The brush turkey on the left is Harold. He's an old friend and a good turkey because he doesn't come into the house yard and scratch out our plants and mulch. Every evening he comes to the paddock just outside the fence near the house when he's called (yes, he knows his name), and we feed him scraps and biscuits. However, we also have another regular visitor - Bad Turkey. She comes into the herb garden and scratches out the mulch and takes plants with it, in other words, she's very destructive.
For years, we've been covering the mulch with chicken wire and using it to surround herb plants, rose bushes, shrubs, and fruit trees. This creates a lot of work, especially when the garden needs weeding, and grass needs to be cleared away from the fruit trees.
At the start of Spring we weeded and re-mulched the herb garden and remaining plants only to find that Bad Turkey began her usual destruction. Fed up with replacing the chicken wire, I searched the Internet for ways to deter brush turkeys (also known as bush or scrub turkeys), and saw a search result that mentioned putting teddy bears in the garden, but when I clicked on it I was taken to a 404 page with no information at all. So I searched again and found a comment in a forum about someone using teddy bears to scare turkeys off so thought I'd try it.
Keen to get started, the first thing I did was take our little dog's old stuffed toys that he'd ripped apart and tie them to the fence. To my pure delight this worked, Bad Turkey stopped wrecking the herb garden. So the next time I went to town, I called in to the op-shop and bought three teddy bears. When I got home, I tied two to the fence and put one on a stake, which my husband hammered into the ground for me.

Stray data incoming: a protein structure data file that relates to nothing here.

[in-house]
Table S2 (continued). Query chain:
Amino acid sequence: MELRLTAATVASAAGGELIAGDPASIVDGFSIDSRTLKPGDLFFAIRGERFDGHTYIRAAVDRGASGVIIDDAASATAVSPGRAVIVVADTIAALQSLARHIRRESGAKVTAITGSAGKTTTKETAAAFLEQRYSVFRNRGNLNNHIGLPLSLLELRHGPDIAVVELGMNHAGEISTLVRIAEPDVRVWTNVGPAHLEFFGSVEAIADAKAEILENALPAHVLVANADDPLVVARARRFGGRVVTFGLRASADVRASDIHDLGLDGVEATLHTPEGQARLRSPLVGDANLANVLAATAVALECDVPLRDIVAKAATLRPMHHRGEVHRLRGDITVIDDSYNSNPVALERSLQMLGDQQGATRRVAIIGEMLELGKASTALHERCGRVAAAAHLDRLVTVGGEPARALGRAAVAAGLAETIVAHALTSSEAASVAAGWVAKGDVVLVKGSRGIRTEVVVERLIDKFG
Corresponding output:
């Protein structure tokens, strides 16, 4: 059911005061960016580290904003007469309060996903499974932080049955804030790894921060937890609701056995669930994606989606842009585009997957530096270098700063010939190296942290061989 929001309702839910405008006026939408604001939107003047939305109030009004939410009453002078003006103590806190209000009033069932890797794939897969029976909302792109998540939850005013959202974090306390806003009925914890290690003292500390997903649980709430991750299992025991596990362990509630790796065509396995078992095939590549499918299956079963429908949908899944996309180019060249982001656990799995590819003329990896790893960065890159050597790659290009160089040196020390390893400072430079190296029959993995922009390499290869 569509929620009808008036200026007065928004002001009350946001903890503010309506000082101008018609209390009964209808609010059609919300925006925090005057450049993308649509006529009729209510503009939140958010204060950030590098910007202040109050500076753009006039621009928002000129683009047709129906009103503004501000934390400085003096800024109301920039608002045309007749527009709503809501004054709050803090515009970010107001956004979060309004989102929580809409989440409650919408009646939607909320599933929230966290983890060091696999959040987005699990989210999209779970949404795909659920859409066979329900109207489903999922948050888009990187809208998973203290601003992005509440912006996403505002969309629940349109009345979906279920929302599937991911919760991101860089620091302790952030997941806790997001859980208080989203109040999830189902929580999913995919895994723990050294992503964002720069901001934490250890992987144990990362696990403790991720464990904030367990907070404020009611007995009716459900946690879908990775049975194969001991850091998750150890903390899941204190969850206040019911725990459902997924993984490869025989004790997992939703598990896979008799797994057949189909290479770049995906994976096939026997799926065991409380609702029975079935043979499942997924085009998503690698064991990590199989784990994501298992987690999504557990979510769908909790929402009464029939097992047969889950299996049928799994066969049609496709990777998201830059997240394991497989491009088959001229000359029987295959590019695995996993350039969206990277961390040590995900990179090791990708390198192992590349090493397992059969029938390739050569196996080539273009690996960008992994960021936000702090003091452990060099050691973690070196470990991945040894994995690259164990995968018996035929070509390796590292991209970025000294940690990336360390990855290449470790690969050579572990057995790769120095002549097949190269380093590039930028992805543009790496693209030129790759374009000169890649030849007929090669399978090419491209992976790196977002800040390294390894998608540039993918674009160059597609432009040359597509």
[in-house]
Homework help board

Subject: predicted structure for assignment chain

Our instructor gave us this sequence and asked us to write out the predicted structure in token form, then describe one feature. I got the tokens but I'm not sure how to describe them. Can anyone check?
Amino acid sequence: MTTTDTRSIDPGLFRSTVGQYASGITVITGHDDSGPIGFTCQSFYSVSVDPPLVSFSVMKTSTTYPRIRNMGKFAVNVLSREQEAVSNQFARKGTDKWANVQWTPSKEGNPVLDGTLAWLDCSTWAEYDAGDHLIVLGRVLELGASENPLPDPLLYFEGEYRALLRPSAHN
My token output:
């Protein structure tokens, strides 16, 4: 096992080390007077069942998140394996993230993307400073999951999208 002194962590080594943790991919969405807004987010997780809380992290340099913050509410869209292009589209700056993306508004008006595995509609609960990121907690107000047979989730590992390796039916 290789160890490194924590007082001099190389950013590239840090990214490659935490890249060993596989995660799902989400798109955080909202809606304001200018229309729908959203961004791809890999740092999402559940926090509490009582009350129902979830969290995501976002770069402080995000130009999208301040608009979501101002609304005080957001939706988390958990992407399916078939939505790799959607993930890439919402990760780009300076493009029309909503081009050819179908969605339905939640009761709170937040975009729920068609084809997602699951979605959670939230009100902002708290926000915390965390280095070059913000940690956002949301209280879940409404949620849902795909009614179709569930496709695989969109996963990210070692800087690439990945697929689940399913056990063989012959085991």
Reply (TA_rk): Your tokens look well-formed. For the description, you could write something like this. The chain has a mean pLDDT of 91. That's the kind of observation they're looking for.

This method has proved to be very successful, with Bad Turkey rarely dropping by and when she does she only does a bit of minor scratching without taking out mulch or plants then she leaves. Despite having teddy bears in our garden, which causes some amusement when visitors drop in, we are delighted with the result.
I did hear that one chap put teddy bears on stakes around a turkey mound and the turkeys left, never to be seen again.
Brush Turkeys are protected in Queensland, and harming them, or trapping them without the correct permit is illegal. We have more than two turkeys on our property, but Bad Turkey is the only one that has proved to be the main nuisance. We enjoy having them around, and have never considered having them relocated, but even if we did remove them we know another lot would take their place. It's their land too, and we are great believers in co-existing with the wildlife here, which includes kangaroos, wallabies, possums, echidnas, bandicoots, rabbits, hares, goannas, and an incredible variety of birds. We're not too fussed on the snakes though, however the turkeys seem to help keep their numbers down.